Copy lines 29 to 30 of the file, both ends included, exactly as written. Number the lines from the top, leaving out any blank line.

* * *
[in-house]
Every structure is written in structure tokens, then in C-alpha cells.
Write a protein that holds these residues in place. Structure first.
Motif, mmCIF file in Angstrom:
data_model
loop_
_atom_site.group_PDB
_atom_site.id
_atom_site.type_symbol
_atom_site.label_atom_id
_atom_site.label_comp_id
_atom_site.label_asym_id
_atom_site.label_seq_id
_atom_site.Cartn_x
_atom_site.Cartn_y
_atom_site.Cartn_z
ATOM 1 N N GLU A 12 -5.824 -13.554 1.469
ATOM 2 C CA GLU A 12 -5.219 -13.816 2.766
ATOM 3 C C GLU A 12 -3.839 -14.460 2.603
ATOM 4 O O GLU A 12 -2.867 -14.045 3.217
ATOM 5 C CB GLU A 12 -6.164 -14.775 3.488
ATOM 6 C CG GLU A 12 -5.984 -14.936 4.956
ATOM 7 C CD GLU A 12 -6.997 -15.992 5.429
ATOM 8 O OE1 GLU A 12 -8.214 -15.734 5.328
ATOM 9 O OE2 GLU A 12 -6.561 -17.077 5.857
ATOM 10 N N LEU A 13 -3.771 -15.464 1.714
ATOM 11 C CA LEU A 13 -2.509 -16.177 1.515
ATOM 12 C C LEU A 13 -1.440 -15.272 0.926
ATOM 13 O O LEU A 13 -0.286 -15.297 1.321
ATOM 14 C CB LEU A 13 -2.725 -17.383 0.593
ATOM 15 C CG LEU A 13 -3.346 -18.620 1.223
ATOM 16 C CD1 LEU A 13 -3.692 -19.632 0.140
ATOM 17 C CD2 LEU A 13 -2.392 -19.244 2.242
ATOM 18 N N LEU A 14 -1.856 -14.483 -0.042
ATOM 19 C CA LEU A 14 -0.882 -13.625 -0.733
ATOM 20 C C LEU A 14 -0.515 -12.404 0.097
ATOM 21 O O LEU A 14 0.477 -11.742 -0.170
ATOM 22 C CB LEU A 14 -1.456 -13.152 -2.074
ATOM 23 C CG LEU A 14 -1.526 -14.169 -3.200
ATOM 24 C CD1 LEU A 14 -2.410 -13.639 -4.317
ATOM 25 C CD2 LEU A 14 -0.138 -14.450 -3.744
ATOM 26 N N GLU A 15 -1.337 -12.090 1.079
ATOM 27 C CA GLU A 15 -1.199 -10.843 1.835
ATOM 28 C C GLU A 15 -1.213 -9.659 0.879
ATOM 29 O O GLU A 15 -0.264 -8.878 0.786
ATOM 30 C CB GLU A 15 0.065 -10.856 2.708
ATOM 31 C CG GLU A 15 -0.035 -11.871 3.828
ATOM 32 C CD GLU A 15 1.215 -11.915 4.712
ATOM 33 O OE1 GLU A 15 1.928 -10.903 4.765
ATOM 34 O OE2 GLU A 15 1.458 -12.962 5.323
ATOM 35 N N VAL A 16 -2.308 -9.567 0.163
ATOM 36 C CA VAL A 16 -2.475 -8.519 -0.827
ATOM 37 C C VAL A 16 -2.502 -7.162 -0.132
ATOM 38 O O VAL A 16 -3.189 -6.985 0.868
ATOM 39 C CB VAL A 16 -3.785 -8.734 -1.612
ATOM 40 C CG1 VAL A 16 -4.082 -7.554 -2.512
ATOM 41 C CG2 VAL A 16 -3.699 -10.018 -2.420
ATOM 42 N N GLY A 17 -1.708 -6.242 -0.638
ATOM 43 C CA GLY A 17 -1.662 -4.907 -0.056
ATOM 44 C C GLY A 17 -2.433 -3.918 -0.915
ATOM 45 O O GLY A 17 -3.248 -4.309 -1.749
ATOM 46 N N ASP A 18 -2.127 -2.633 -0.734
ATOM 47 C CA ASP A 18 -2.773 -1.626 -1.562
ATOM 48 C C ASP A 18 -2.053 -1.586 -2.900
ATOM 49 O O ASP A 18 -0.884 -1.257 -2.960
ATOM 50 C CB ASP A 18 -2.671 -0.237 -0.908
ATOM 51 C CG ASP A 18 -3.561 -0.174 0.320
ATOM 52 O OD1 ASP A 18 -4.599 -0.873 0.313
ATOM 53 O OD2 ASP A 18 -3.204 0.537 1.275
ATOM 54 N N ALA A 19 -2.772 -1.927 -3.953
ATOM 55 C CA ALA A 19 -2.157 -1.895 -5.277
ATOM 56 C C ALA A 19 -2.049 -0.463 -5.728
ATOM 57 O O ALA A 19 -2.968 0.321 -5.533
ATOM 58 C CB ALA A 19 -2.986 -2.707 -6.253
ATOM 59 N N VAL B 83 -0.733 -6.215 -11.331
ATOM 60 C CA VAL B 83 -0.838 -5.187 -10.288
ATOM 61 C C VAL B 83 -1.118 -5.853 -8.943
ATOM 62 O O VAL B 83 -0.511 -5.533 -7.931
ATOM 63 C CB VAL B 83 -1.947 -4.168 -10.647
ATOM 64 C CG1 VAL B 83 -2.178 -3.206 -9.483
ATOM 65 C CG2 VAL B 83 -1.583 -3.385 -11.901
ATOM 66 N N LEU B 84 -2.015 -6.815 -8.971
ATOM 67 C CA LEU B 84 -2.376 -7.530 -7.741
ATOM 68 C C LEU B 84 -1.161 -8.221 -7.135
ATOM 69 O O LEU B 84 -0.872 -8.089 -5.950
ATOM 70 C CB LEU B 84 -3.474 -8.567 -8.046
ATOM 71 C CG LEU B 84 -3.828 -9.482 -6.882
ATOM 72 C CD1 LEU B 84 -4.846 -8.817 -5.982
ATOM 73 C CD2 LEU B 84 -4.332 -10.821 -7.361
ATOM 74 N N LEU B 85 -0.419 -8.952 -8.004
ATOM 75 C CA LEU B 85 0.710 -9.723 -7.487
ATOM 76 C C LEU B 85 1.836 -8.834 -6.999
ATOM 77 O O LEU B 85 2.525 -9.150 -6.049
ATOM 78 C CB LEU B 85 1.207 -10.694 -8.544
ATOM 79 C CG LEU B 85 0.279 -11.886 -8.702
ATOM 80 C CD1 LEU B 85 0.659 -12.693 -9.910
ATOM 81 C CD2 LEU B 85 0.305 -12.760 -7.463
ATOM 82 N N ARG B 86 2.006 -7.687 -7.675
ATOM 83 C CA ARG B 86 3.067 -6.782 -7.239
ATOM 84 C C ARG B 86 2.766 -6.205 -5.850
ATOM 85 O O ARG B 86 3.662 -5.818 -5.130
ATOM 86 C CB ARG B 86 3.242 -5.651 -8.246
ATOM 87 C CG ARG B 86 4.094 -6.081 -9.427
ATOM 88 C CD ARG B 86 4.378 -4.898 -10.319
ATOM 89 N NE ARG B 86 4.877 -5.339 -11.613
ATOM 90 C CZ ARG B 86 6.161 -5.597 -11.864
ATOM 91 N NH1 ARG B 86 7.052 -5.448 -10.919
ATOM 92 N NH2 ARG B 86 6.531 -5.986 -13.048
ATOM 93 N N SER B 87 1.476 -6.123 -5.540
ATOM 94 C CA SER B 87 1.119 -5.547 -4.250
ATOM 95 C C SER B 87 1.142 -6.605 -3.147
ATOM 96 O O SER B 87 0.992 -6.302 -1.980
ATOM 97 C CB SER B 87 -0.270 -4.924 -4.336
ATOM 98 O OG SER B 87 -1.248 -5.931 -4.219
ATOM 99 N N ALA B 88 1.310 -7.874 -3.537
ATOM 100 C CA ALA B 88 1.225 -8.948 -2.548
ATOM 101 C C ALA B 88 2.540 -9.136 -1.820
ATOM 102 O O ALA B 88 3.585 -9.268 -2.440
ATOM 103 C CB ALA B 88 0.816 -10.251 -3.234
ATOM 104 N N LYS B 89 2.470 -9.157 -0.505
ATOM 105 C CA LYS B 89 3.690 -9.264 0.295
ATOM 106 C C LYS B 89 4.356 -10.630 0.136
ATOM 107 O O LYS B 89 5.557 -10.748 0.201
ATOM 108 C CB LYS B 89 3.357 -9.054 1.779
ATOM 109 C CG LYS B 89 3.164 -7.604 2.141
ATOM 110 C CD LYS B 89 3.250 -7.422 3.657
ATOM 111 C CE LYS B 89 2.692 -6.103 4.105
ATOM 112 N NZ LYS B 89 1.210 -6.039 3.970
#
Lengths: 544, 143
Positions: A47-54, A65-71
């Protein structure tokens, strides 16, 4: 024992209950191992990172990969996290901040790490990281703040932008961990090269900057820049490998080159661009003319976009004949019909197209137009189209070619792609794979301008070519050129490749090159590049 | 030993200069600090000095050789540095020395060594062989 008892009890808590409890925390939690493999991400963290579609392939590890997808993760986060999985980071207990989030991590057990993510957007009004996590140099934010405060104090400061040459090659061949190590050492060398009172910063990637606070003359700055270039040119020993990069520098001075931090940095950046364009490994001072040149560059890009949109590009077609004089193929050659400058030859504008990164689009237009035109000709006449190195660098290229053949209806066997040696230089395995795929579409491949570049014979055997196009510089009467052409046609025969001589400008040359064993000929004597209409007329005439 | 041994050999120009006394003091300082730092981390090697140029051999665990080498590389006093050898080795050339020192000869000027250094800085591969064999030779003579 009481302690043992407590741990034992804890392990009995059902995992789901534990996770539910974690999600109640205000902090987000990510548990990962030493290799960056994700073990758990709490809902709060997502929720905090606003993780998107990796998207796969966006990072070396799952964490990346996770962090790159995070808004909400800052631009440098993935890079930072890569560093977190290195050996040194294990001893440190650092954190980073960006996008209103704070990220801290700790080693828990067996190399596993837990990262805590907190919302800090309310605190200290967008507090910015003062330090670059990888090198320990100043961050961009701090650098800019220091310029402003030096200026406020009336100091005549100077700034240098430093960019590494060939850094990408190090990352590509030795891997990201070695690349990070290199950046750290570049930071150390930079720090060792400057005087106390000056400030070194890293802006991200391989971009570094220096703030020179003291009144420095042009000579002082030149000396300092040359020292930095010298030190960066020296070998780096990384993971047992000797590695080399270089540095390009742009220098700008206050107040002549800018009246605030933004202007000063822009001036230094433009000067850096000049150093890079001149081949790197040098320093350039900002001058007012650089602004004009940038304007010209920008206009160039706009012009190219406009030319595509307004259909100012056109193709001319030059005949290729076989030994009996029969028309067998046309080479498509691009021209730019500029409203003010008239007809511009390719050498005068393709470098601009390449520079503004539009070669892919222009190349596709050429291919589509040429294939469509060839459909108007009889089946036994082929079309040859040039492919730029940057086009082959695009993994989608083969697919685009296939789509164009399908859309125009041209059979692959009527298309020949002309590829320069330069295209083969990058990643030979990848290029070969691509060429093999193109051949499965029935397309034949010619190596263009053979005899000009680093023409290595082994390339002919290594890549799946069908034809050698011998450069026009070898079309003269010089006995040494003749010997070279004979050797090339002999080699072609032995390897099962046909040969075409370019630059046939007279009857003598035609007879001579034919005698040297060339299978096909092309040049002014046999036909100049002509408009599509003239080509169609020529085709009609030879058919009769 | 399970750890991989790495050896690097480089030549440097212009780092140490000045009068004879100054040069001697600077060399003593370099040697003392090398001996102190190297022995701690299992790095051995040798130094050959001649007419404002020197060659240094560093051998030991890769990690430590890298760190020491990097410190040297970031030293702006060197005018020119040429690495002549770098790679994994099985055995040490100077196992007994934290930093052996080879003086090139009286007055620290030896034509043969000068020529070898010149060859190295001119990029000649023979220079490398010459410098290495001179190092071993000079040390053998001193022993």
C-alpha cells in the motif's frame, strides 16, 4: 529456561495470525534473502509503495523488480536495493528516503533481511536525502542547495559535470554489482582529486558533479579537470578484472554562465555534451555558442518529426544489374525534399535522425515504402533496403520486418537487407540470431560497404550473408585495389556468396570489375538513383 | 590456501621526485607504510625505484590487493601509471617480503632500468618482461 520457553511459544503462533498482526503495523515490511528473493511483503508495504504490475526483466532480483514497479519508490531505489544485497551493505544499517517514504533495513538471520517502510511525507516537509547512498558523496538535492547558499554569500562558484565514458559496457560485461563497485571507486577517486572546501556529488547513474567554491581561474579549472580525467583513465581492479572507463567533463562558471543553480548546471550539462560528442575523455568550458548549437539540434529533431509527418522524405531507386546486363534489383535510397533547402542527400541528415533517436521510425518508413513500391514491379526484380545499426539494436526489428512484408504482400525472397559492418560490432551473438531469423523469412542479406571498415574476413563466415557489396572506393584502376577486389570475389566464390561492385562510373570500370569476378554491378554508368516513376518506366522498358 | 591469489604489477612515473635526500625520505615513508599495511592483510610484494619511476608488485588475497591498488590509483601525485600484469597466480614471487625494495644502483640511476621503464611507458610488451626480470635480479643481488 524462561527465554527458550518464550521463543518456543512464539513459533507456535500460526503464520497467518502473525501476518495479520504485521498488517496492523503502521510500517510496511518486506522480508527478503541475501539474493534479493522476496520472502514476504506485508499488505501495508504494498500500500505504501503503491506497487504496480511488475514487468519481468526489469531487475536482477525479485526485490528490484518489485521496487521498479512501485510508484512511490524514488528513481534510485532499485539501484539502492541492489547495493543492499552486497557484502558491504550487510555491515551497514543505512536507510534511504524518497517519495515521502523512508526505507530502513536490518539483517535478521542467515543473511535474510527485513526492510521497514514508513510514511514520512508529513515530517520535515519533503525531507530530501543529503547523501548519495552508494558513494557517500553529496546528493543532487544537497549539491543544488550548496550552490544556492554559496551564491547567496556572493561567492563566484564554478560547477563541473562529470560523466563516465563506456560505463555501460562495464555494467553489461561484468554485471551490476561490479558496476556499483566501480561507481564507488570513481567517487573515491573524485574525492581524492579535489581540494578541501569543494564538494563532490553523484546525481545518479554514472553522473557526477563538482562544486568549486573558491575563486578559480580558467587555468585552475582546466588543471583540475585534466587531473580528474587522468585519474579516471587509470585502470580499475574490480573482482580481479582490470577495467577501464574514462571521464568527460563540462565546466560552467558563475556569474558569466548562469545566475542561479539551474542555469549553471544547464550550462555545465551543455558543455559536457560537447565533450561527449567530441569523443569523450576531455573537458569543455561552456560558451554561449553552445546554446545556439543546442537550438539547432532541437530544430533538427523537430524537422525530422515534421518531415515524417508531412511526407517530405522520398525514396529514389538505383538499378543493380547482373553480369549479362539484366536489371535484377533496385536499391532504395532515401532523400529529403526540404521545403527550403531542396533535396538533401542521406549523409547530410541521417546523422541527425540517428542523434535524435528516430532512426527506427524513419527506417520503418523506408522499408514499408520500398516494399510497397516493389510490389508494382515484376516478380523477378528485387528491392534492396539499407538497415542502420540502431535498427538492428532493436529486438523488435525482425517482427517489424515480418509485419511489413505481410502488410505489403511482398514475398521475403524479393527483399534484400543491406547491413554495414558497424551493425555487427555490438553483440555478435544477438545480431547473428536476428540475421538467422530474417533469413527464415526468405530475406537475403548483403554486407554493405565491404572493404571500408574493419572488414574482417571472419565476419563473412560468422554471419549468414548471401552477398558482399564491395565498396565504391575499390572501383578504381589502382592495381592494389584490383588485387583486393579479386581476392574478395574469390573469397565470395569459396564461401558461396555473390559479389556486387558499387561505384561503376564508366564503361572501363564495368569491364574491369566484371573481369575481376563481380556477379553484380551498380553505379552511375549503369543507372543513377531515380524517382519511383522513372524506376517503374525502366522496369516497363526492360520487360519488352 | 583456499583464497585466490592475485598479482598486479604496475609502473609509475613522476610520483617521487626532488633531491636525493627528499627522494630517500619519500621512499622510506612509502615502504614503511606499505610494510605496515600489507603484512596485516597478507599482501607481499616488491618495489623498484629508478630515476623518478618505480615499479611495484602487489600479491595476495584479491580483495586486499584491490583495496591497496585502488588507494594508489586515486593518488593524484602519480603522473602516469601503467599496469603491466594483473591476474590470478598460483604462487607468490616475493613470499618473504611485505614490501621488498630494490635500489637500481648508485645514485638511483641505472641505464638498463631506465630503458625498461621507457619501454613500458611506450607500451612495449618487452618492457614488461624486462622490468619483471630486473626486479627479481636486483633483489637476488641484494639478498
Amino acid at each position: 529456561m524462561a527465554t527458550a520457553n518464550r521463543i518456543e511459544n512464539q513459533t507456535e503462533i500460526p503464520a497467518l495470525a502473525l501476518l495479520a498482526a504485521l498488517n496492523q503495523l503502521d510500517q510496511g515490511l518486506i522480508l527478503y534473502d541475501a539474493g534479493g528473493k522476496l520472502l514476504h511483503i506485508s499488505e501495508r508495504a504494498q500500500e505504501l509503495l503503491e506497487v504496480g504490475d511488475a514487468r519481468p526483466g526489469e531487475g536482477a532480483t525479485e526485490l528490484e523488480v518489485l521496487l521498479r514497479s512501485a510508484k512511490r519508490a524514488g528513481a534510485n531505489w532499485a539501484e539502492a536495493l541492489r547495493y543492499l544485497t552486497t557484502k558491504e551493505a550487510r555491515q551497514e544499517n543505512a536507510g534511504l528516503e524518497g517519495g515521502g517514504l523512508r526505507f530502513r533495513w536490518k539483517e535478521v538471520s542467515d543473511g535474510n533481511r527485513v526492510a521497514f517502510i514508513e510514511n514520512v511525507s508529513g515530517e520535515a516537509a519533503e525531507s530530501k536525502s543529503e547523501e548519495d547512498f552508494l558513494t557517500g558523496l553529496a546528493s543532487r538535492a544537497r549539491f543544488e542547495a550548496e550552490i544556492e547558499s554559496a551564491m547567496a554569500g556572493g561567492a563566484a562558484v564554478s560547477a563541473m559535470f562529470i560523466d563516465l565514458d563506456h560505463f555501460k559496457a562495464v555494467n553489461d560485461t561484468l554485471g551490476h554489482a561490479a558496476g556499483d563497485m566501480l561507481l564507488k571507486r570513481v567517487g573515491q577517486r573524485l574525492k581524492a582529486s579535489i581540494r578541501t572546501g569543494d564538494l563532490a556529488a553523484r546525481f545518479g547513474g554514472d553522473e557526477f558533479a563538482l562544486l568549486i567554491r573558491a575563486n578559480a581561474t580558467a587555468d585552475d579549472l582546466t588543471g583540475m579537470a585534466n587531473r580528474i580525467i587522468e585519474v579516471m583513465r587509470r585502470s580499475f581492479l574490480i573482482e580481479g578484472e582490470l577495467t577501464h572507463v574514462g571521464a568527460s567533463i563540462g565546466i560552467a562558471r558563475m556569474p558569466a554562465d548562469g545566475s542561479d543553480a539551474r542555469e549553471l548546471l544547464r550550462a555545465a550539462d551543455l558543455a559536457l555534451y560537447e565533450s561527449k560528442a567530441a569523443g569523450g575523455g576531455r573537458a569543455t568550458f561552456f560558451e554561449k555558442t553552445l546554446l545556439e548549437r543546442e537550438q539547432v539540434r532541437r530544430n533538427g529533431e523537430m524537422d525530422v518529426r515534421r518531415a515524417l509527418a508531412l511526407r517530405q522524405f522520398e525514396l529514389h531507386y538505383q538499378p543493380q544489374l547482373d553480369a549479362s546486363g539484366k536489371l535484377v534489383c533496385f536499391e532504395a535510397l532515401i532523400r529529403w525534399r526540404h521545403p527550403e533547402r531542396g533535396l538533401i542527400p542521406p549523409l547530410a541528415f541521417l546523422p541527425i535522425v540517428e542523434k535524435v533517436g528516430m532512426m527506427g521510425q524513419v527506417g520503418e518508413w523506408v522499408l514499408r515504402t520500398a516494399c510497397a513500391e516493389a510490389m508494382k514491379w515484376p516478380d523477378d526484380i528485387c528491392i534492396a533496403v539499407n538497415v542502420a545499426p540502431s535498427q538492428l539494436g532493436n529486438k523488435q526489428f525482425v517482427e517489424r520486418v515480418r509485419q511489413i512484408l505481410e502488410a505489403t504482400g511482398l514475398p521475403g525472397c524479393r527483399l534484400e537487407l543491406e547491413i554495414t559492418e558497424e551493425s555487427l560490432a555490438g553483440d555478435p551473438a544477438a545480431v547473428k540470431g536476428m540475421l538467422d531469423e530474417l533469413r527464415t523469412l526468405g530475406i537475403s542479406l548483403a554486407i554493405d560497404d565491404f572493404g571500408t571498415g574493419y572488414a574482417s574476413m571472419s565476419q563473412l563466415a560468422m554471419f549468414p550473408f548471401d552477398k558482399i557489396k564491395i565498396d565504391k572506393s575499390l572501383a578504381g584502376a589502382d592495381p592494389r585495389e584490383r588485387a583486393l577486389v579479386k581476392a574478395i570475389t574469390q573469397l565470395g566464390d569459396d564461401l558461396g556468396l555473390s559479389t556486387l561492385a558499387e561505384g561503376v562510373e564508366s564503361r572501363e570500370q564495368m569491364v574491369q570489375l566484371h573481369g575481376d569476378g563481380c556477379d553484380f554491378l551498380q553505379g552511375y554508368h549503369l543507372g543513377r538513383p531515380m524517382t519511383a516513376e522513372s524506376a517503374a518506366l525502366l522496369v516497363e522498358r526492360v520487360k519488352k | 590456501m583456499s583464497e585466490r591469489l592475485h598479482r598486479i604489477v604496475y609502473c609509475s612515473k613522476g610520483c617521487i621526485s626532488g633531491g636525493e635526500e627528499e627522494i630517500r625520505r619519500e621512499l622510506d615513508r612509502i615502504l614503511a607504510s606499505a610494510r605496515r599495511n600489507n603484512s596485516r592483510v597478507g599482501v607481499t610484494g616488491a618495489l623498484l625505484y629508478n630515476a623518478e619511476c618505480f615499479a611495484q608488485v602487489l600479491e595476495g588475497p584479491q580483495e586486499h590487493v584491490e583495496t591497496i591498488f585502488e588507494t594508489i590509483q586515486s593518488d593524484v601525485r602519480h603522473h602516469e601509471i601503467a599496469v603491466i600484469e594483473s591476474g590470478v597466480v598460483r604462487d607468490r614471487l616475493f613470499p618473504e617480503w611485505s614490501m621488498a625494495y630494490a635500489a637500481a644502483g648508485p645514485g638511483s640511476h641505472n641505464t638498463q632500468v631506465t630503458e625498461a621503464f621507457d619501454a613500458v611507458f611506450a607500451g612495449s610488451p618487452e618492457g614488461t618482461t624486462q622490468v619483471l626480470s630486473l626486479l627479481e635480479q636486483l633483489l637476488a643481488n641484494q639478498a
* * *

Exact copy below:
ATOM 13 O O LEU A 13 -0.286 -15.297 1.321
ATOM 14 C CB LEU A 13 -2.725 -17.383 0.593